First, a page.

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Review of Wayward Witch by Zoraida Córdova

Wayward Witch by Zoraida Córdova
Genre: Portal Fantasy
Age category: Young Adult
Release Date: September 1, 2020


Wayward Witch is the final book in the Brooklyn Brujas trilogy by Zoraida Córdova. Each of three stories focuses on a different Mortiz sister. Having not read the first two, but intrigued by the description of the third, I was a little nervous about picking it up. Wayward Witch, however, did a brilliant job of standing on its own. I never felt lost or confused about the world, and I was able to step right into it. If I had any complaint, in fact, it would actually be that the book felt a little heavy on the lore of mythos of Adas. If you’ve followed the first two books, I’m sure all these little details will fill in gaps and answer questions you might have had on your mind. For me, as a new reader, they more or less washed over me, but I certainly can’t fault the book for me being the newbie here.

In Wayward Witch, Rose’s powers are a bit unique and even troubling to her. But when she’s pulled through a portal to the realm of the fairies (“Adas,” a play on the Spanish word for fairy), she must master her powers to save this world from a consuming dark rot that’s spreading over the land. She also has to sort out a rocky relationship with her father, who seemed to have lost his memories but she now suspects remembers more than she thought.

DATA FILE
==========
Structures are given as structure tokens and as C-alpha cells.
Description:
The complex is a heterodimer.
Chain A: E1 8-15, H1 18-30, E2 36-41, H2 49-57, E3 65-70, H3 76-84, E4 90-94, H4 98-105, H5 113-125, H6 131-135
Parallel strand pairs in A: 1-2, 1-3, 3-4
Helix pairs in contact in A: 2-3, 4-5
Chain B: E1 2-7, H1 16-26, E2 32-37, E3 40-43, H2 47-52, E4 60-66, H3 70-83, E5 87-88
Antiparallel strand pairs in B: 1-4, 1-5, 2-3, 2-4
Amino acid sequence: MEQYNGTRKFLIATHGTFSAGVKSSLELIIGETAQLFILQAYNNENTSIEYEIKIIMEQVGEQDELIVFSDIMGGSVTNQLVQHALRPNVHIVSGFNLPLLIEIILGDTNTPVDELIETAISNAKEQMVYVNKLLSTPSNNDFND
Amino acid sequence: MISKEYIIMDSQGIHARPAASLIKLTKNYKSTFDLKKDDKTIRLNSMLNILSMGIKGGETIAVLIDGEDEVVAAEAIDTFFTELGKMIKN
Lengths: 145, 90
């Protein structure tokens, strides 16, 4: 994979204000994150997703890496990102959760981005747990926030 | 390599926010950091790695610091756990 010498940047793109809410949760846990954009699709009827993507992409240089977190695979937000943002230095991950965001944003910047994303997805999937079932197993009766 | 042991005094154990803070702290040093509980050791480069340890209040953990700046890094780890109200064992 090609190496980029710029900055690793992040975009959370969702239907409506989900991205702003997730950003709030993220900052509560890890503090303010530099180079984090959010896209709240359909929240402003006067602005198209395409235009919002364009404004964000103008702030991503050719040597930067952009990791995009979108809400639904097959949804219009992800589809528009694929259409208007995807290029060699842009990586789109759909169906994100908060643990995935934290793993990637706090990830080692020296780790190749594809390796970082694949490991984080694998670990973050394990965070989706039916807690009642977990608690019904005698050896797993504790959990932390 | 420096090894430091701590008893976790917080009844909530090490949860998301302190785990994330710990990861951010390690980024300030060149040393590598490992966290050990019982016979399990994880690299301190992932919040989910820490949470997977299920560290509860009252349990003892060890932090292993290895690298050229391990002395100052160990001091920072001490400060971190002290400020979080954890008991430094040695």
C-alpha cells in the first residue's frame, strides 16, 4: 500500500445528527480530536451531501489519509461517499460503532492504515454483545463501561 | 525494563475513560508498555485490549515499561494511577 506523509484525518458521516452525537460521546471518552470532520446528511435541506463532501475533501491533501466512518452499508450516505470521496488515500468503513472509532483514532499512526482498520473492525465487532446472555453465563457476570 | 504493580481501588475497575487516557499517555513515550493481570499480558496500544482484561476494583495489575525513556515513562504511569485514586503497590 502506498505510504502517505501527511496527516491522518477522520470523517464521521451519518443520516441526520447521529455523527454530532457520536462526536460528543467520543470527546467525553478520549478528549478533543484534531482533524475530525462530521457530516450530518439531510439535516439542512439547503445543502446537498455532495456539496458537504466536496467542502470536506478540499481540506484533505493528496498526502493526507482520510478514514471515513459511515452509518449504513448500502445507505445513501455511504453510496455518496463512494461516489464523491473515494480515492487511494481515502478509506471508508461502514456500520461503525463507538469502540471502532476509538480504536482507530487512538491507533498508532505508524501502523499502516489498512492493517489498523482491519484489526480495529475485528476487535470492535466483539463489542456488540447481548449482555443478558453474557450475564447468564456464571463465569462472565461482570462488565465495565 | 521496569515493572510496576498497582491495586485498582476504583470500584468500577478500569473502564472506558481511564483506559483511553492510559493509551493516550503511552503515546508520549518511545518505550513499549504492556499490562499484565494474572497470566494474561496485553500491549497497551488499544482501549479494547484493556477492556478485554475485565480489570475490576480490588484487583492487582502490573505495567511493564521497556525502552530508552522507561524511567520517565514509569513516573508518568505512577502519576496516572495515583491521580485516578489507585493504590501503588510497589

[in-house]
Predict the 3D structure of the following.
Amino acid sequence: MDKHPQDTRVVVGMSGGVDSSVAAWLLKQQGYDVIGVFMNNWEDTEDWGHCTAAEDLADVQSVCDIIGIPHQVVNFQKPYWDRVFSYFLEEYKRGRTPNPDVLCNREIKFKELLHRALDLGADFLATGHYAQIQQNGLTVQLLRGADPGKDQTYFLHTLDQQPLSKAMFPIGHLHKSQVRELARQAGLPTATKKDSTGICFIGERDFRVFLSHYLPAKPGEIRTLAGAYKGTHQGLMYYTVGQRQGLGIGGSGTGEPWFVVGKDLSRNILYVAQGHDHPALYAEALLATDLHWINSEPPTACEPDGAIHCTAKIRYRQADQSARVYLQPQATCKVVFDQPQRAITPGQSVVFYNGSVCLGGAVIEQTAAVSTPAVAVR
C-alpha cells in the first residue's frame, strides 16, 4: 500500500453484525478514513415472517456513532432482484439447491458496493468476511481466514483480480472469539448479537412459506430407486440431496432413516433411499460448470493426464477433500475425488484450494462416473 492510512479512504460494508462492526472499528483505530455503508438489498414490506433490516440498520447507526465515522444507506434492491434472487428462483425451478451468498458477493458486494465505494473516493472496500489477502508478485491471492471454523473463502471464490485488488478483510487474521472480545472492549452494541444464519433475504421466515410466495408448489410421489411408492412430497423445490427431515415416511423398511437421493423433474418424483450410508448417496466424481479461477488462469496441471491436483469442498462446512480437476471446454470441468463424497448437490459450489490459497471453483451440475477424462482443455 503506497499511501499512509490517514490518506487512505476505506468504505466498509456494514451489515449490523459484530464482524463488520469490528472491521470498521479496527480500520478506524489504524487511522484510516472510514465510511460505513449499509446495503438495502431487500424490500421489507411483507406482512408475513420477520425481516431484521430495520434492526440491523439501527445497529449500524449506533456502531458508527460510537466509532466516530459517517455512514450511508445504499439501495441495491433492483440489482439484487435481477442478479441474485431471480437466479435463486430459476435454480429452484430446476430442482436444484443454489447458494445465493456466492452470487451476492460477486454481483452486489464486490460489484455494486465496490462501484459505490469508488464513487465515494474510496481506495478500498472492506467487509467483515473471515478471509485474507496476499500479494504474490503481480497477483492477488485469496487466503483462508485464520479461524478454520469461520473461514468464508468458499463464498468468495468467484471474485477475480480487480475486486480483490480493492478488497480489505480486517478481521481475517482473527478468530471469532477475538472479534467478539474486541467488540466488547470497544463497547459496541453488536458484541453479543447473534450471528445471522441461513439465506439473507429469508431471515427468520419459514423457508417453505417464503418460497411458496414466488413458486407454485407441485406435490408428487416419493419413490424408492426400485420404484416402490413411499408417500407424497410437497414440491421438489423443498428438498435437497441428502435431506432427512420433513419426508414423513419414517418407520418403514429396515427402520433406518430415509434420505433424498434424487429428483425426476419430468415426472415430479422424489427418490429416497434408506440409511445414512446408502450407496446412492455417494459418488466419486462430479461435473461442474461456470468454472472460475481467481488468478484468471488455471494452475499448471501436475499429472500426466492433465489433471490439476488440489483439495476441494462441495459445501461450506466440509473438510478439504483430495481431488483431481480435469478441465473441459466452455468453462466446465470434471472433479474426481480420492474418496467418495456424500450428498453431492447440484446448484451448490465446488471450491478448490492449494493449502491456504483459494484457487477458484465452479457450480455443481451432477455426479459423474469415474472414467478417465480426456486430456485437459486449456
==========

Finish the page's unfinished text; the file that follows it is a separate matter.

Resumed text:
A few positives stood out right away for me. First off, I love the way the book takes the tired trope of a portal story in which the protagonist must save some magical settting and puts a little twist on it. The fairies aren’t exactly thrilled that Rose is in their world, and many are downright infuriated by the fact that they need her help. They’re certainly not above threatening and blackmailing her to get it, either. I also loved the fact that Rose sidestepped some of the Mary Sue tendencies that protagonists in this type of book often have–she has strengths to rely on but also flaws she needs to confront, not the least of which is a small streak of hypocrisy when judging her father’s actions.

I will say, if you don’t connect with Rose and her group early on, you’re probably going to feel like the book drags its metaphorical feet a bit. The journey to discover the origin of the rot is a long one, and a good part of the story is dedicated to developing the relationships within the group as they travel. But the end reveal was a satisfying one and worth the wait getting to.

Rating: 4 out of 5

You can find Wayward Witch on Goodreads

You can also buy Wayward Witch (Brooklyn Brujas) on Amazon. (Affiliate link)

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